A report from The Guardian published on Wednesday has revealed that the number of deaths of rough sleepers or those in temporary accommodation in the UK has doubled in the last five years. There were 70 recorded homeless deaths in the UK in 2017, whilst 30 were recorded in 2013.
Though the figures are high, they are likely to be much higher, due to the way deaths are recorded by local councils. Local councils are not required by law to count rough sleeper deaths, and any information that is reported is not collected nationally.
According to national homeless charity organisation Homeless Link, the cause of deaths of rough sleepers is also often overlooked, and a formal review is rarely conducted. From their website: “In 2012, we were aware of one Local Authority that had undertaken this procedure and, whilst other areas are known to have conducted them since, it is not commonplace.”
What is being done to help?
In November 2017, Chancellor Philip Hammond announced in his Autumn Budget that the government would launch a ‘homelessness task force’, aimed at tackling the issue in the UK. This tied in to the Conservative party’s pledge to halve rough sleeping by 2022, and eliminating it altogether by 2027.
However, in February, nearly three months after the taskforce had first been established, it was revealed that the group was yet to have held a single meeting. Theresa May told the House of Commons that the first meeting of the taskforce was held on 22 February.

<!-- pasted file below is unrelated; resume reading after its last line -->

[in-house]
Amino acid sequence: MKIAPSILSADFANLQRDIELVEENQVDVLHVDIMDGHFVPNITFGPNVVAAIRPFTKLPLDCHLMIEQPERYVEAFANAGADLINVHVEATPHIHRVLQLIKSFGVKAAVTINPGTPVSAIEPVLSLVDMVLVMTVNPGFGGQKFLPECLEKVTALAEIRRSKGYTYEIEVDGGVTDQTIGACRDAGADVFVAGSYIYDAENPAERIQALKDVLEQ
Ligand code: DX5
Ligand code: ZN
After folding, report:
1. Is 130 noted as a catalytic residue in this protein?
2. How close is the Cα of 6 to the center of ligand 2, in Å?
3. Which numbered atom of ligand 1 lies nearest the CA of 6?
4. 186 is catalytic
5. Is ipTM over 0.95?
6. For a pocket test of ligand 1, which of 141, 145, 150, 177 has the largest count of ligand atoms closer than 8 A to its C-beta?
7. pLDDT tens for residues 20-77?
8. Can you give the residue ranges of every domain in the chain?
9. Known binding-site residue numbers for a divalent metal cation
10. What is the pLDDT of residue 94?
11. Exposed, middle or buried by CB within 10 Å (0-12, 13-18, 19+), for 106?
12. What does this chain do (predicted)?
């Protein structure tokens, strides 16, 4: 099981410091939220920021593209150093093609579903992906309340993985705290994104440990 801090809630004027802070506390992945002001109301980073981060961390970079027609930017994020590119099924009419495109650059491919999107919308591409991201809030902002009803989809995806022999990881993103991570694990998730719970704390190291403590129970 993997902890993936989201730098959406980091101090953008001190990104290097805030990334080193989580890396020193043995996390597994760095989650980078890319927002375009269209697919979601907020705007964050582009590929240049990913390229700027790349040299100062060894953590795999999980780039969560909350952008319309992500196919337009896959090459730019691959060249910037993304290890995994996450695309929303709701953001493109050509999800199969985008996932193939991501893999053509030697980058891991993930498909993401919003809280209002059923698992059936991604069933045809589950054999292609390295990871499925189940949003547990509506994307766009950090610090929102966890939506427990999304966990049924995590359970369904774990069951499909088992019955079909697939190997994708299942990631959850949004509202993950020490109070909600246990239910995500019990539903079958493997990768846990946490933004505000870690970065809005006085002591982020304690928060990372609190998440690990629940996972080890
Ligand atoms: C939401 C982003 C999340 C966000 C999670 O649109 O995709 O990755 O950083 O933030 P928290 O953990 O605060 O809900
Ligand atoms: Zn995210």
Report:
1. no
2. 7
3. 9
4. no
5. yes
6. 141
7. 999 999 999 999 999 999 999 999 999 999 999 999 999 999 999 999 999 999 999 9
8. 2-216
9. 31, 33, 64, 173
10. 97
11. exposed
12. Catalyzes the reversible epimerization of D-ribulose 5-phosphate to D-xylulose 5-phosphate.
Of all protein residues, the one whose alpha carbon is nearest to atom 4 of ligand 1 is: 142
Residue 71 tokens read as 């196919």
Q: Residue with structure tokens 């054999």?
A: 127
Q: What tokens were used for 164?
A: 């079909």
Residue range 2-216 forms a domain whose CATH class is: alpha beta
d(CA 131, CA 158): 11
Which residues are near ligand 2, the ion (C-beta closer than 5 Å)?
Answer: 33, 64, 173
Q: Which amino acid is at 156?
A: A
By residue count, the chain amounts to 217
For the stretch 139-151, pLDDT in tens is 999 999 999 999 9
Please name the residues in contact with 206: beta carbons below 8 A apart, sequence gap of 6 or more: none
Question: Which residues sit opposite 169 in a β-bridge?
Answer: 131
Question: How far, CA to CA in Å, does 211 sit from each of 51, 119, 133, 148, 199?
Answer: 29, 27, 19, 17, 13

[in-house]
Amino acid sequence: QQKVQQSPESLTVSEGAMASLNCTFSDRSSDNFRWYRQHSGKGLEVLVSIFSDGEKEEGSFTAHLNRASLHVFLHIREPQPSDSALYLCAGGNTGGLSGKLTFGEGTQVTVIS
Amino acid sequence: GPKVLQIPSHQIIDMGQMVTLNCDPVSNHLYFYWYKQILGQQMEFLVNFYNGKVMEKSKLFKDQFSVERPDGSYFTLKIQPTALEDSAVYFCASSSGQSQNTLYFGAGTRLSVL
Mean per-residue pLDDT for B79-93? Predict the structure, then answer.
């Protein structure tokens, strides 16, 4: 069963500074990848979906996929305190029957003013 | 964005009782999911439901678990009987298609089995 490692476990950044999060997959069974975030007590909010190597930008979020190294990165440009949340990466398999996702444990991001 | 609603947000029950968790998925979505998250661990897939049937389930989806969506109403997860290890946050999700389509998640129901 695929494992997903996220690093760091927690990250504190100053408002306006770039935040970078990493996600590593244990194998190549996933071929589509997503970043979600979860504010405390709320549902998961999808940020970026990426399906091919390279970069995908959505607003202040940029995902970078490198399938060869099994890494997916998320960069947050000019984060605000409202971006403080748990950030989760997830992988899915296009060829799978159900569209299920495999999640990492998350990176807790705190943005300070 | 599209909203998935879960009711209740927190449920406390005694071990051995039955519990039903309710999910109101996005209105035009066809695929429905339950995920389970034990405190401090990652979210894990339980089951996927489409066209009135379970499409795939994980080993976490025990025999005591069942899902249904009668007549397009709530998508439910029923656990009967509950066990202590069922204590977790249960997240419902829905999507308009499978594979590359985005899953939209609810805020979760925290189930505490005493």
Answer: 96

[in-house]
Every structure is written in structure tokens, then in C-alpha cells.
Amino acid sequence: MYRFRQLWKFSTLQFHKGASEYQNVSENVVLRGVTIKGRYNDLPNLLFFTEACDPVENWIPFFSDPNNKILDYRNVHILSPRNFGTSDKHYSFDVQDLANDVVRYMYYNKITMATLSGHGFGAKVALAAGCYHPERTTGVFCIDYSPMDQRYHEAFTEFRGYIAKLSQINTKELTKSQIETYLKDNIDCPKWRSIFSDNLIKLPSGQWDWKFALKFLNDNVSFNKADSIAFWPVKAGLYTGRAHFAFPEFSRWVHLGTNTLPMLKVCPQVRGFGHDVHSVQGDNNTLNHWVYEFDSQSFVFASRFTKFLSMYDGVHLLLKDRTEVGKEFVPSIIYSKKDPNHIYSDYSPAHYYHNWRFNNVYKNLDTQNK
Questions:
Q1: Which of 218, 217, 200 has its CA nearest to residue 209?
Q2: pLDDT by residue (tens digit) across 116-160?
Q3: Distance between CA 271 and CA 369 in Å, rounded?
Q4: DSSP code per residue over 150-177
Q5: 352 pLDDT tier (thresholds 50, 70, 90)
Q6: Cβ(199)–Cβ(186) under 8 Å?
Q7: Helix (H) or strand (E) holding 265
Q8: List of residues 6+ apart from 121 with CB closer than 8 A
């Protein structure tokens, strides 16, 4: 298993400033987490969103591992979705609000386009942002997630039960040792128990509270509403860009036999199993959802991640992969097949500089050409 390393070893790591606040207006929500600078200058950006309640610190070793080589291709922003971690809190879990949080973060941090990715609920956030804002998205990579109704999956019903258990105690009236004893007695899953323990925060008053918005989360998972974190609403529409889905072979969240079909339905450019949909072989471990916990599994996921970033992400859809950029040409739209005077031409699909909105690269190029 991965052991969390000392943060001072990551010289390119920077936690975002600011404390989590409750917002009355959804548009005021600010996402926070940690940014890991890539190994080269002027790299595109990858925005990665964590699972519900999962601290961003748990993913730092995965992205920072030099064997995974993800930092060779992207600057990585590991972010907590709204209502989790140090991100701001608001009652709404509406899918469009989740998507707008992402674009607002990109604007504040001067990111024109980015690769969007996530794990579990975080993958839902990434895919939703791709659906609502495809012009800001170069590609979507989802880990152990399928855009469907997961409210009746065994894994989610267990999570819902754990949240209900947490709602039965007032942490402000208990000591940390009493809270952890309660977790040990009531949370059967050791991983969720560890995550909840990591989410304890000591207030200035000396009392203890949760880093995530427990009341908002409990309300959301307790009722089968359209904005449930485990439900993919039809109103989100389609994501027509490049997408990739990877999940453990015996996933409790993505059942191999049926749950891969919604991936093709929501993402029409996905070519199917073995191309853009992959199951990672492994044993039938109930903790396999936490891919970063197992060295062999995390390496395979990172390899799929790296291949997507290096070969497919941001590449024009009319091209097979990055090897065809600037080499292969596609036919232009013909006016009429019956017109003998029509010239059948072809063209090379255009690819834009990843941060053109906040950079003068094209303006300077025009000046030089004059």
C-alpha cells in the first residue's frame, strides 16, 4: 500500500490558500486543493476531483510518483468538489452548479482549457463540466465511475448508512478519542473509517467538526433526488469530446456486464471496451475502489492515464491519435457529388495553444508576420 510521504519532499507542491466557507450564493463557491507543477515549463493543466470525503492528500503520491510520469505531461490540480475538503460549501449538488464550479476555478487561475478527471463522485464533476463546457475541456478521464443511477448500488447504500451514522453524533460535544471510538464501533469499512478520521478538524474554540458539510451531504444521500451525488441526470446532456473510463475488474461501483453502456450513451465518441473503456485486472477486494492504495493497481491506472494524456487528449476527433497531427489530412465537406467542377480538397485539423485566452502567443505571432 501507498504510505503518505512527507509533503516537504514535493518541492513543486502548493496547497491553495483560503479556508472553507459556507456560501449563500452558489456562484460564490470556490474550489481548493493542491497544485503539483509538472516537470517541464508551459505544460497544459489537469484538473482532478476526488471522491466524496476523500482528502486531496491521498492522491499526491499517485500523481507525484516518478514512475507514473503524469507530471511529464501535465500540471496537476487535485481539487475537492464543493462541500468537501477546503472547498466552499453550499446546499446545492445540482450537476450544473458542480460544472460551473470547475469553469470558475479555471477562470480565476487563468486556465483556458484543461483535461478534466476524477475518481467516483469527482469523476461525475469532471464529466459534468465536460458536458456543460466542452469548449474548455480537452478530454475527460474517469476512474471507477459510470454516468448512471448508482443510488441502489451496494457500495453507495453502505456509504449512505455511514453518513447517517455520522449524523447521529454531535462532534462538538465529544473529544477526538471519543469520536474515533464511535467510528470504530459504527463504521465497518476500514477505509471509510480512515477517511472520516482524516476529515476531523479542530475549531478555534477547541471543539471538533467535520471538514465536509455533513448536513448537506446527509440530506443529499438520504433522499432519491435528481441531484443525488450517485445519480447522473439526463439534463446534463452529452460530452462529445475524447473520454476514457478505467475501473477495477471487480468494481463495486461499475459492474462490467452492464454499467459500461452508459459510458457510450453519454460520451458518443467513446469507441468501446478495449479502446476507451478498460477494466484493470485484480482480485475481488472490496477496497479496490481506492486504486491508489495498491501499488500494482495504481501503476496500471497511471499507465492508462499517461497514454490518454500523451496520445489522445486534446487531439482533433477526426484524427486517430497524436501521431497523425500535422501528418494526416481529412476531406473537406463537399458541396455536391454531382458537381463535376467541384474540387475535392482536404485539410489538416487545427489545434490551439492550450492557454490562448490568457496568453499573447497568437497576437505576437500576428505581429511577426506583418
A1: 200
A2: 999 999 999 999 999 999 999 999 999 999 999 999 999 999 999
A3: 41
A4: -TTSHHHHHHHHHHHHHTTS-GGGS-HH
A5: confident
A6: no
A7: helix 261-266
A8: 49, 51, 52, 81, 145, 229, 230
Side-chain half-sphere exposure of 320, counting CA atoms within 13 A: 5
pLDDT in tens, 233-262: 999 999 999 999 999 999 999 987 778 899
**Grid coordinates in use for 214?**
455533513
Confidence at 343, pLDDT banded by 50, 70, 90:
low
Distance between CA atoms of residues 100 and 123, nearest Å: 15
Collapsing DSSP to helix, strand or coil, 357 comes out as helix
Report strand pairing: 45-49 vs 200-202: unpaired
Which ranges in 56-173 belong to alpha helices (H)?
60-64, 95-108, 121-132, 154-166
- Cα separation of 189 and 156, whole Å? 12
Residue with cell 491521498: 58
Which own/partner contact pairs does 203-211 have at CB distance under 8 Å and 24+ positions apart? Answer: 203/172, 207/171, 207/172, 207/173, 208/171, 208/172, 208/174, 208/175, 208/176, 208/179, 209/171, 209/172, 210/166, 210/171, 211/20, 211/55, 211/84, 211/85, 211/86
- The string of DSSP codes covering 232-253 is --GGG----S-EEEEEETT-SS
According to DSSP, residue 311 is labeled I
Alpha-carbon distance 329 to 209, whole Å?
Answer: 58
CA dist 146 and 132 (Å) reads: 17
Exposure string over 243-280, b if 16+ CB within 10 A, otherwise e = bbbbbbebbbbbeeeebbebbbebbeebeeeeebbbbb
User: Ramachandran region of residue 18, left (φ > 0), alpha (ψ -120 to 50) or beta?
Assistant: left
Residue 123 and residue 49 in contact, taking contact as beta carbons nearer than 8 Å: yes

The government’s official website states that the ‘Rough Sleeping Team’ is made up of “rough sleeping and homelessness experts, drawn from, and funded by government departments and agencies with specialist knowledge across a wide-range of areas”, with a budget that currently stands at £30 million for 2018/19, with further funding to follow.
A growing crisis
The number of rough sleepers in the UK has increased by 134% since 2010. This is aided by the fact that low-income households in the UK have seen housing costs rise by 45% over the past six years. Despite these figures, Theresa May has claimed that the government seeks to focus on “the underlying causes which can lead to somebody losing their home”.
The need for more funding for homelessness charities and government bodies has been felt in the last year more than ever, with winter weather in 2017 that saw increased pressure on the NHS due to cold-related illness, and a growing number of people left waiting for treatment. Big issue founder John Bird claimed that the rising number of rough sleepers along with lower funding for services was “likely to make future winters harder”, adding that “next year threatens to be even worse.”
Dan Cody is Editor-in-Chief at No Majesty.